My favorite reader’s comment on the article: 

“Breathe into a paper bag…they cost a couple of cents. The effect is the same – you watch your breathing moderate, your heart stops racing, and you don’t have one more expense to worry about. The drawback, of course, is that it doesn’t look as classy or high-tech as the Stress Eraser gadget.”

4 thoughts on “The Stress Eraser. Only $299

  1. Daniel, as I mentioned to you on the phone, this brought up memories of a company called “Heart Math.” I couldn’t believe it, but when I looked at their website, they had also developed one of these. The video plug is REALLY worth a look – it looks like something from a science fiction movie – http://www.myemwave.org/

    I am part of a psychoneuroimmunology group here at UCSF that hosts a series of seminars called “Mind & Biology,” and one of Heart Math’s head honchos came to speak. The highlight of the talk came when he explained that someone who had could achieve a high enough level of psychophysiological “coherence” (as evidenced by maximizing certain frequency components of the variability in heart rate) could actually PREDICT THE FUTURE. This clairvoyance was supposedly evidenced in these individuals through showing valence-specific anticipatory responses in skin conductance before a picture was displayed on the screen. These slides were from Peter Lang’s International Affective Picture System (IAPS). So, moments before the IAPS display, these high coherence folks displayed anticipatory skin conductance spikes before a negative image (like a severed head – yes, the IAPS is this gross). Do I believe the evidence? It seems all too easy for a minor timing error in the equipment recording the physiological response and the timing of stimulus presentation to create these patterns – in other words, folks with high coherence may have responded more quickly to the image, but I doubt they responded BEFORE it.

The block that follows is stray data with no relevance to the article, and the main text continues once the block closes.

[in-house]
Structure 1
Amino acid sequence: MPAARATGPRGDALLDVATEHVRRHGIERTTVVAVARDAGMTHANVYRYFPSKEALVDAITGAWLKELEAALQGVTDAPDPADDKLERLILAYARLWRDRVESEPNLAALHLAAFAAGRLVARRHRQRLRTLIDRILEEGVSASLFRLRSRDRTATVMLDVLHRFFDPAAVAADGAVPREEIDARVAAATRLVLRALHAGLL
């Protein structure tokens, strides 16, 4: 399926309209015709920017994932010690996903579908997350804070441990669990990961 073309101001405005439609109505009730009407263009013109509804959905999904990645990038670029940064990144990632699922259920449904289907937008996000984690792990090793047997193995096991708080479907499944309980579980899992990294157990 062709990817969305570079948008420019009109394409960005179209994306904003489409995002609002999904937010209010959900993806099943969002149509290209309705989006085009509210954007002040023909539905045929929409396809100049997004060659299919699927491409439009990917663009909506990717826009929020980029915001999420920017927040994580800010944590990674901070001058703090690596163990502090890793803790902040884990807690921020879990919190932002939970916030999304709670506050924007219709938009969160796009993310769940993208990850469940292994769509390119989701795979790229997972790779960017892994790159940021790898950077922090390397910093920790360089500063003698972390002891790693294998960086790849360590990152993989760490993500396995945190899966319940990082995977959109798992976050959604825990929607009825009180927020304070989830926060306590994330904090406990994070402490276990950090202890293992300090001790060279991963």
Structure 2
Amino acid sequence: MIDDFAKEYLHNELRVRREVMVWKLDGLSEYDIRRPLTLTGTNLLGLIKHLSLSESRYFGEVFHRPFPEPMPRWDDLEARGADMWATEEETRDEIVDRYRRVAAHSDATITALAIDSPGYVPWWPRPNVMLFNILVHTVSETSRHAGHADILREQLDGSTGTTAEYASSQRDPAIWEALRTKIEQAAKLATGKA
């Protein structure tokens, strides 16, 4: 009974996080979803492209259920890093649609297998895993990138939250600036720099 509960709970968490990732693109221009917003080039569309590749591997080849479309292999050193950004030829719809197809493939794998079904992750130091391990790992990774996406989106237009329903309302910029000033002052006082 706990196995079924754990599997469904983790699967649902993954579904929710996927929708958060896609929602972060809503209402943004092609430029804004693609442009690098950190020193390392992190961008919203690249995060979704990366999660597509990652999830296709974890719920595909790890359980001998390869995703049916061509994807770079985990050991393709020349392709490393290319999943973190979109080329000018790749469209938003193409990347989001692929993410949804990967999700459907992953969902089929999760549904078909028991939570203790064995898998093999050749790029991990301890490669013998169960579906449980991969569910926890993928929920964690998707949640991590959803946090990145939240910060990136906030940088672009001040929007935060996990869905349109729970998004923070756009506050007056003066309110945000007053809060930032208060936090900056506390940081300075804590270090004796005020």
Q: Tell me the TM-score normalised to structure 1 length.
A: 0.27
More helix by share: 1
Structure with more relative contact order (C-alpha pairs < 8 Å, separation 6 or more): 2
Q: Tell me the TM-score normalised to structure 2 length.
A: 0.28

In any case, this kind of stuff represents an emerging world of high technology self-help fringe psychophysiology, blended with magical thinking and pseudoscience! Heart Math even markets training programs to increase your coherence (other than the EmWave). Very “Bay Area,” this software-hardware hybrid displays pictures of bunnies and rainbows as your psychophysiological coherence increases. Weird, just plain…weird.

  2. My wife has been able to head off stress-induced migraines with a StressEraser. I’d compare it to practicing meditation where you have a biofeedback widget in place of an instructor; it’s more effective than a paper bag, but a meditation class might be cheaper.

  3. It’s now ten years after these mostly mocking comments were made. I’ve had the device for perhaps six years, and it’s been very useful. I have intense anxieties at times, and this device really helps me to stay focused on changing my breathing. I recommend it for anyone who holds his breath, has a tight chest, or feels intense fright. Perhaps a paper bag would be cheaper, but the device gives real-time feedback. It’s like doing yoga breathing without having to go to a class or paying an instructor. I love it. I never want to give it up. Those who mock the thing do not know what intense fright feels like.